Ibiza Noir on Kindle

My novel Ibiza Noir is now available on Kindle.

Noir_Palm

Amazon.com: http://amzn.to/2CRdv1q or on Amazon.co.ukhttp://amzn.to/2FbRQP4

Sex, drugs, greed and loneliness draw three strangers into a perilous alliance beneath the pulsing strobe lights of an Ibiza nightclub. Lou, Sally and Calum are thrown together as their private sorrows and deep longings pull them into the chaotic hedonism of the world’s most famous party island. Their lives entwine in the white heat of summer as they chase increasingly elusive dreams. Lou craves a home and falls in love with Sally’s boss, Vivienne, the duplicitous coke-addicted owner of Moulin Noir nightclub. Sally will do anything for money and freedom, and watches in horror as Vivienne runs Noir to ruin. Disenchanted journalist Calum wades into the maelstrom in search of a career-making story, but finds himself falling for Sally’s brittle beauty. When a terrible event occurs they each have to decide what to rescue, what to leave, and who they want to be.

To be continued…

 

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This is what the Odyssey means

As we bid farewell to 2017 I’d like to share a favourite poem: ‘Trouble’ by Jack Gilbert,  and some snapshots.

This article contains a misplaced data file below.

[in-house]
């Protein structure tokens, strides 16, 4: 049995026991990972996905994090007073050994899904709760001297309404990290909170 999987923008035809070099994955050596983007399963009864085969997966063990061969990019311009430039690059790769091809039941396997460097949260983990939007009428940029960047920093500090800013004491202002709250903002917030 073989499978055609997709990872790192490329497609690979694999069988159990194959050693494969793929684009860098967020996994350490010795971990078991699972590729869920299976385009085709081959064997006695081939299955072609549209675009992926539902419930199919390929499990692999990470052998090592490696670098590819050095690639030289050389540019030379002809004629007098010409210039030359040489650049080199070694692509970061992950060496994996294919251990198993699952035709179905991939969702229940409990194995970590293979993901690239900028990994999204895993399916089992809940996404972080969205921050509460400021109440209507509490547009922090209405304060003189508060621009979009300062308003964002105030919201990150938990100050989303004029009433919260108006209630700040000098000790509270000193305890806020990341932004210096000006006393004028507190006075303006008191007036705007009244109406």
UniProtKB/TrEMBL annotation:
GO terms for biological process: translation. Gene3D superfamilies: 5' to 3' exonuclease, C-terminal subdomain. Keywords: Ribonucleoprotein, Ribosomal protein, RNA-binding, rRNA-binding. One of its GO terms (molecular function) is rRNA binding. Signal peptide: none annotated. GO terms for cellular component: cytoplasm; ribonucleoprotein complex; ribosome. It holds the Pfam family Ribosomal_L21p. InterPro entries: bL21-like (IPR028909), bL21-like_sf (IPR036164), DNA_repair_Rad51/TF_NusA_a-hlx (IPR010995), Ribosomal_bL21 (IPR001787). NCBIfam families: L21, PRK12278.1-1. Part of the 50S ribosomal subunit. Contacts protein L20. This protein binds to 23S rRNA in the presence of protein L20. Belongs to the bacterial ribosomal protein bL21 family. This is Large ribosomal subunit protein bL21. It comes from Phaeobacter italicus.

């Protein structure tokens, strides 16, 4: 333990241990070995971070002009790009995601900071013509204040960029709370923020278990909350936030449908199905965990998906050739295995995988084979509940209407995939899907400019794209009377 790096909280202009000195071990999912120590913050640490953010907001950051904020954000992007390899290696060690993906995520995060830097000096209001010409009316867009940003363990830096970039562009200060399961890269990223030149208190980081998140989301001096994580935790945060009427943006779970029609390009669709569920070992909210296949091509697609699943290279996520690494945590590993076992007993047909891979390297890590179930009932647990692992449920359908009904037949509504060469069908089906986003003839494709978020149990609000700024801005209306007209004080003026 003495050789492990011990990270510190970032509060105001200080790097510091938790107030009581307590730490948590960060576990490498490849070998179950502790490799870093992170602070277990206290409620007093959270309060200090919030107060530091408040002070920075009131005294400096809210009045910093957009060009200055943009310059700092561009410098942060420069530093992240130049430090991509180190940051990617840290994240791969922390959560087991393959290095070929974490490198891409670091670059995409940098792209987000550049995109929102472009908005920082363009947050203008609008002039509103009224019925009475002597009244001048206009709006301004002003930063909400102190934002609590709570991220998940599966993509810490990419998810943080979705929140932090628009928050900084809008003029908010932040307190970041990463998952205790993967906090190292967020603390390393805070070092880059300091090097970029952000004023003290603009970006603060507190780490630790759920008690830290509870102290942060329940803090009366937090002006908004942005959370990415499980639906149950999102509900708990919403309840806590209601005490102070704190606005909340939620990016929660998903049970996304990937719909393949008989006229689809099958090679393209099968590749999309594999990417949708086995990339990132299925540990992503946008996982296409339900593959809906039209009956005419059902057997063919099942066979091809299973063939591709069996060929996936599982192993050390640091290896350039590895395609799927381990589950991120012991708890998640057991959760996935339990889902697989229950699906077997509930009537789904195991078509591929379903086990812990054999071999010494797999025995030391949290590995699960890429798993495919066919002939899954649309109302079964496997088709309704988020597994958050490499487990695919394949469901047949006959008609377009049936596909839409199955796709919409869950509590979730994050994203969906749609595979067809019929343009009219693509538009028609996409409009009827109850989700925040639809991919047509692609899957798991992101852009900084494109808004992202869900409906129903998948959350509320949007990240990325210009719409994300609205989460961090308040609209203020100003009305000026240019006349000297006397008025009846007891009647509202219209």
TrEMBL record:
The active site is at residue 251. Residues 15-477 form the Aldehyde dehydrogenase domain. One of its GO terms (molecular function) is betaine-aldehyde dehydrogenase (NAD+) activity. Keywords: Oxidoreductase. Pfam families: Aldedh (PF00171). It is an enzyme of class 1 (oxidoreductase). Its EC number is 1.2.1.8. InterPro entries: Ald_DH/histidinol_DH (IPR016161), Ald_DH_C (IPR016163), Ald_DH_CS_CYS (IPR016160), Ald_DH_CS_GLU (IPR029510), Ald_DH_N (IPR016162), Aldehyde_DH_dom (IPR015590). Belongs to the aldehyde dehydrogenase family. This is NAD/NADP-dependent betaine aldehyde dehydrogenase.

Trouble | Jack Gilbert

That is what the Odyssey means.
Love can leave you nowhere in New Mexico
raising peacocks for the rest of your life.
The seriously happy heart is a problem.
Not the easy excitement, but summer
in the Mediterranean mixed with
the rain and bitter cold of February
on the Riviera, everything on fire
in the violent winds. The pregnant heart
is driven to hopes that are the wrong
size for this world. Love is always
disturbing in the heavenly kingdom.
Eden cannot manage so much ambition.
The kids ran from all over the piazza
yelling and pointing and jeering
at the young Saint Chrysostom
standing dazed in the church doorway
with the shining around his mouth
where the Madonna had kissed him.

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Holiday Reading 2017

Having been bludgeoned with Christianity from infancy, I’m over the away-in-a-manger stuff. Books, though, are one aspect of childhood Christmas I revisit with joy.